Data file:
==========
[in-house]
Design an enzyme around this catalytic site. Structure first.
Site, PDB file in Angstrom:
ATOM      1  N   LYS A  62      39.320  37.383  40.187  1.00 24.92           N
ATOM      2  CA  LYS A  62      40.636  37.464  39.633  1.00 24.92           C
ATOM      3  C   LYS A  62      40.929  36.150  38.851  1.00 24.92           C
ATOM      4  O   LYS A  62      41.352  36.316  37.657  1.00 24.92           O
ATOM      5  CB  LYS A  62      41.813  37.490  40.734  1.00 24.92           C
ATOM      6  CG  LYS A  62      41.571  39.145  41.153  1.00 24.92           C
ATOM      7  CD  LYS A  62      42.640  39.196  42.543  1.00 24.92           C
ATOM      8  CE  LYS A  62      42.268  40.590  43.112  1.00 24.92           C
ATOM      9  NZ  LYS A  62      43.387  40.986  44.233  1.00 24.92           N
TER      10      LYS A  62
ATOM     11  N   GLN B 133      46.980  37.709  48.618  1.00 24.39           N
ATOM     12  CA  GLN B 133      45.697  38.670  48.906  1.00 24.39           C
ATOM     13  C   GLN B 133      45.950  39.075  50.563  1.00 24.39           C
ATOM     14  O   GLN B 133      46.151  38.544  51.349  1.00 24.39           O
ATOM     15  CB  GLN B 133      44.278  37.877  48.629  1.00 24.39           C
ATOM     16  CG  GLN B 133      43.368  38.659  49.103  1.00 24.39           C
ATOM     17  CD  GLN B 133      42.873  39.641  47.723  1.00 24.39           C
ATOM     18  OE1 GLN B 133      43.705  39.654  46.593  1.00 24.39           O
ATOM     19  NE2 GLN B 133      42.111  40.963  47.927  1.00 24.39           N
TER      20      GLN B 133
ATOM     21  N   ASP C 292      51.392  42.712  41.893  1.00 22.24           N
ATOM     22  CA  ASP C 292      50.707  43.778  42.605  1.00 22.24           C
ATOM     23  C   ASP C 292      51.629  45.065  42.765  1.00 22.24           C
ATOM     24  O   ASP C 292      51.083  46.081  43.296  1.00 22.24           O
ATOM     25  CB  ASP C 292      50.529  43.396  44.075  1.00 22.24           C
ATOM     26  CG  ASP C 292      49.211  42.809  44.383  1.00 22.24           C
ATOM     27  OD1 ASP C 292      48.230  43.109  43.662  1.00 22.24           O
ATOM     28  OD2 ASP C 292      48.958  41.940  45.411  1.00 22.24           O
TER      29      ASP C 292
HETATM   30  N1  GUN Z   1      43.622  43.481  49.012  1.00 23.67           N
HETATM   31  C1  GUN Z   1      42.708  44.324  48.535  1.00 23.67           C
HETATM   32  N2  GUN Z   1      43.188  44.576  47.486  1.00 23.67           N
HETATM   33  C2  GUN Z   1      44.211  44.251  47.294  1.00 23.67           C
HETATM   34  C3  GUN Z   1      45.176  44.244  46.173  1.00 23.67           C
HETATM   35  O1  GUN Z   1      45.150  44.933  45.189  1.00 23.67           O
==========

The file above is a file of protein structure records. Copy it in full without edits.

[in-house]
Design an enzyme around this catalytic site. Structure first.
Site, PDB file in Angstrom:
ATOM      1  N   LYS A  62      39.320  37.383  40.187  1.00 24.92           N
ATOM      2  CA  LYS A  62      40.636  37.464  39.633  1.00 24.92           C
ATOM      3  C   LYS A  62      40.929  36.150  38.851  1.00 24.92           C
ATOM      4  O   LYS A  62      41.352  36.316  37.657  1.00 24.92           O
ATOM      5  CB  LYS A  62      41.813  37.490  40.734  1.00 24.92           C
ATOM      6  CG  LYS A  62      41.571  39.145  41.153  1.00 24.92           C
ATOM      7  CD  LYS A  62      42.640  39.196  42.543  1.00 24.92           C
ATOM      8  CE  LYS A  62      42.268  40.590  43.112  1.00 24.92           C
ATOM      9  NZ  LYS A  62      43.387  40.986  44.233  1.00 24.92           N
TER      10      LYS A  62
ATOM     11  N   GLN B 133      46.980  37.709  48.618  1.00 24.39           N
ATOM     12  CA  GLN B 133      45.697  38.670  48.906  1.00 24.39           C
ATOM     13  C   GLN B 133      45.950  39.075  50.563  1.00 24.39           C
ATOM     14  O   GLN B 133      46.151  38.544  51.349  1.00 24.39           O
ATOM     15  CB  GLN B 133      44.278  37.877  48.629  1.00 24.39           C
ATOM     16  CG  GLN B 133      43.368  38.659  49.103  1.00 24.39           C
ATOM     17  CD  GLN B 133      42.873  39.641  47.723  1.00 24.39           C
ATOM     18  OE1 GLN B 133      43.705  39.654  46.593  1.00 24.39           O
ATOM     19  NE2 GLN B 133      42.111  40.963  47.927  1.00 24.39           N
TER      20      GLN B 133
ATOM     21  N   ASP C 292      51.392  42.712  41.893  1.00 22.24           N
ATOM     22  CA  ASP C 292      50.707  43.778  42.605  1.00 22.24           C
ATOM     23  C   ASP C 292      51.629  45.065  42.765  1.00 22.24           C
ATOM     24  O   ASP C 292      51.083  46.081  43.296  1.00 22.24           O
ATOM     25  CB  ASP C 292      50.529  43.396  44.075  1.00 22.24           C
ATOM     26  CG  ASP C 292      49.211  42.809  44.383  1.00 22.24           C
ATOM     27  OD1 ASP C 292      48.230  43.109  43.662  1.00 22.24           O
ATOM     28  OD2 ASP C 292      48.958  41.940  45.411  1.00 22.24           O
TER      29      ASP C 292
HETATM   30  N1  GUN Z   1      43.622  43.481  49.012  1.00 23.67           N
HETATM   31  C1  GUN Z   1      42.708  44.324  48.535  1.00 23.67           C
HETATM   32  N2  GUN Z   1      43.188  44.576  47.486  1.00 23.67           N
HETATM   33  C2  GUN Z   1      44.211  44.251  47.294  1.00 23.67           C
HETATM   34  C3  GUN Z   1      45.176  44.244  46.173  1.00 23.67           C
HETATM   35  O1  GUN Z   1      45.150  44.933  45.189  1.00 23.67           O